Task Force Roderick Report On The Harness Racing Industry
TASK FORCE RODERICK REPORT ON THE HARNESS RACING INDUSTRY
Mr McMANUS: My question without notice is addressed to the Minister for Police. Is he aware of Opposition allegations that the Task Force Roderick report recommended the removal of a person involved in administration of the harness racing industry? Will he release the report?
Mr WHELAN: Task Force Roderick was established as a result of allegations of race rigging in the harness racing industry.
Mr SPEAKER: Order! I call the member for Gosford to order.
Mr WHELAN: Those allegations were made to the office of the former Minister for Sport, Recreation and Racing - the honourable member for Sutherland - in September 1993. That means that the allegations were known to the member back in 1993. The allegations were subsequently passed to the Commissioner of Police, and Task Force Roderick was formed in July 1994. The report was completed in February this year, six weeks prior to the last election. It raises the question of why the former Minister, the member for Sutherland, did not act on those allegations or associated issues related to harness racing until last week when he raised them in the House. Moreover, it raises the question of why he chose to identify a prominent figure in harness racing and allege that Task Force Roderick had recommended the sacking of that person, when the allegation is completely untrue. If there is a scandal, it is in the way the Opposition has handled the matter. It says more about the Opposition's failure and desperation than any other issue.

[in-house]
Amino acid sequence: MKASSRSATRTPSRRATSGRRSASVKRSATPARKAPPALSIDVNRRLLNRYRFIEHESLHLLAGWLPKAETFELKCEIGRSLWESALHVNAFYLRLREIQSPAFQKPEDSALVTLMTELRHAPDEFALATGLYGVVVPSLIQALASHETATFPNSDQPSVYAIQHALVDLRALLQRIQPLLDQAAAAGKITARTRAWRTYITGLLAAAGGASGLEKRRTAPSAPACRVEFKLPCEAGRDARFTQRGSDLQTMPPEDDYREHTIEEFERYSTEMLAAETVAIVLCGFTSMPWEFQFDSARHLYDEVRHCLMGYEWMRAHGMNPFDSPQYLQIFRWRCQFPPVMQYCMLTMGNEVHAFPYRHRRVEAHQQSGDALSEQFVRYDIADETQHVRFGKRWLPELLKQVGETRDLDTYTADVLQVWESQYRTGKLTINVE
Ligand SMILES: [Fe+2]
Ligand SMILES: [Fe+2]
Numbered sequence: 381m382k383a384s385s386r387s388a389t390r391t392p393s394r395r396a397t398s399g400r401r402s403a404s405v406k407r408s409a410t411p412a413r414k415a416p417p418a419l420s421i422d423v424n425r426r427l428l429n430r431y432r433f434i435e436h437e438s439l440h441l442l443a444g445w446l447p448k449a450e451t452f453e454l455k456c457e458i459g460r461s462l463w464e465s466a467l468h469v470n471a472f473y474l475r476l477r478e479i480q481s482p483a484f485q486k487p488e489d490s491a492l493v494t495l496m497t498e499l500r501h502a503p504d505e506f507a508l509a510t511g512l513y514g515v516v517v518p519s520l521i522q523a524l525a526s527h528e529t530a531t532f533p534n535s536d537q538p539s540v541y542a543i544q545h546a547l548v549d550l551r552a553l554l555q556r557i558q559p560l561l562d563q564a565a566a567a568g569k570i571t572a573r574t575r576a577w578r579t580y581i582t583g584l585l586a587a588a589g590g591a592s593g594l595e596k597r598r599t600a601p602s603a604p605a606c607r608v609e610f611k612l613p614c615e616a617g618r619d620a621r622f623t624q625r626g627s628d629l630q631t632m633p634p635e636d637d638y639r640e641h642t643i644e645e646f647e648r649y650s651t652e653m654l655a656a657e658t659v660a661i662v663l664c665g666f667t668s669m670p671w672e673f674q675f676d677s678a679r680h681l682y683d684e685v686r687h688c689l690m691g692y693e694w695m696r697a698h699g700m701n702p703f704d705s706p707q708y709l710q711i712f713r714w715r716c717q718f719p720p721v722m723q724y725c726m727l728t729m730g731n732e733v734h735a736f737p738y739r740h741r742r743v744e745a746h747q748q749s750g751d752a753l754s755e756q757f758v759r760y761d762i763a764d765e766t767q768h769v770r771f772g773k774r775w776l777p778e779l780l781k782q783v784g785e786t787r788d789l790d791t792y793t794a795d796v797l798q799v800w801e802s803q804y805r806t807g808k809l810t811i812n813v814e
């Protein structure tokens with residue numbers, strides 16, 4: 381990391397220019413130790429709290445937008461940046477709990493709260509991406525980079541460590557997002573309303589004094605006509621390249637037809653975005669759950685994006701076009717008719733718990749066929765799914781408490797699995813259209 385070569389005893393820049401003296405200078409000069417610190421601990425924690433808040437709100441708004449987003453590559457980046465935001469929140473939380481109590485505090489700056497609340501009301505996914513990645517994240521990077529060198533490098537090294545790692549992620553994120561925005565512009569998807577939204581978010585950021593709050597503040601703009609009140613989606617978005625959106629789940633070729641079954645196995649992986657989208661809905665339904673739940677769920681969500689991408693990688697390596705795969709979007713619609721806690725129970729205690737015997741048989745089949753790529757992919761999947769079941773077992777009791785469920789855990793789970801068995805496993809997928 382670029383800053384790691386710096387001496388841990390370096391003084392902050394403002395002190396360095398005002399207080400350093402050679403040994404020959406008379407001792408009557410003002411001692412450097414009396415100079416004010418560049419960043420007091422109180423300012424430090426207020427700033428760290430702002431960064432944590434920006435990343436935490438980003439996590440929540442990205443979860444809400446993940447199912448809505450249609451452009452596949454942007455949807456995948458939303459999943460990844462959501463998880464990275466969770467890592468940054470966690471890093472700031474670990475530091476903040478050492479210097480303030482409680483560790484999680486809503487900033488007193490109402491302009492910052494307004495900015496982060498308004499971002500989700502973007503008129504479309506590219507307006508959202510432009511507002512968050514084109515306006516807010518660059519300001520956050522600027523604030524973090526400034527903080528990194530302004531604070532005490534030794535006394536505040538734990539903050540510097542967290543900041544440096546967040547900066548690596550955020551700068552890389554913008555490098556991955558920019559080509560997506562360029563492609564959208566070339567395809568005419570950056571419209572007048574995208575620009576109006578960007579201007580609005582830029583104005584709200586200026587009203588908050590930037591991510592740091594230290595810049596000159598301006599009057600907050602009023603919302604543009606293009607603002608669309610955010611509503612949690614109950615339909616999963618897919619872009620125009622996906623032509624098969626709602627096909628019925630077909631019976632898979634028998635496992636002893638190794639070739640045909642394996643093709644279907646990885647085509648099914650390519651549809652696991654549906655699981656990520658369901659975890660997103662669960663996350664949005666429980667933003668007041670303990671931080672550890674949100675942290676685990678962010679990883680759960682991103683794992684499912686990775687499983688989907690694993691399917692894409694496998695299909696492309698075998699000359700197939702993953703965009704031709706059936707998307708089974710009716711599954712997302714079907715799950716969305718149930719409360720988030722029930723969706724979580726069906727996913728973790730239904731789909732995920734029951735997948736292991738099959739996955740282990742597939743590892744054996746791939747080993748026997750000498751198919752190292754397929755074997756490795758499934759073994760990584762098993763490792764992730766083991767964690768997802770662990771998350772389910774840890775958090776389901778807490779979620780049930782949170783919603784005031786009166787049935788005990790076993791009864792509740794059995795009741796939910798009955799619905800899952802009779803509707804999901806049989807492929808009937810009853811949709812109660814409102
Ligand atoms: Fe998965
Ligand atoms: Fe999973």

Mr SPEAKER: Order! I call the member for Northcott to order.
Mr WHELAN: Stung by criticism, the honourable member for Sutherland seeks to shore up his position by identifying members of the public and making unsubstantiated claims about them. The only explanation is that he has followed the example of his leader.
Mr SPEAKER: Order! I call the member for Davidson to order for the second time.
Mr WHELAN: Hot on the heels of his leader, with a denunciation of KPMG and his leader's unprecedented attack on a government staffer, the member for Sutherland has used parliamentary privilege in the most inappropriate manner, as his leader has done in the past. Neither of them was prepared to make those allegations outside.
Mr Hartcher: On a point of order: it is a well-established rule of this House - I cannot recall the exact Standing Order - that an attack on a member must be by way of a substantive motion. The Minister for Police is using this question as an opportunity to launch an attack on the honourable member for Sutherland. I therefore ask you, Mr Speaker, to rule, consistent with the standing orders, that the Minister must desist; and, if he wishes to continue in that vein, that he must move a substantive motion.
Mr WHELAN: I was making passing reference. I understand why the honourable member is so sensitive on the issue.
Mr SPEAKER: Order! The Minister has assured the House that he was making only a passing reference. He will now return to the subject matter of his answer.
Mr WHELAN: The honourable member is too sensitive. Even his mate Joe reckons that he is a dud. Joe reckoned that he was the third head to go. The Leader of the Opposition and the honourable member for Sutherland have made the outrageous allegations I have referred to, and neither of them have had the courage of their convictions to repeat the allegations outside the House. This whole of this exercise has been mischievous.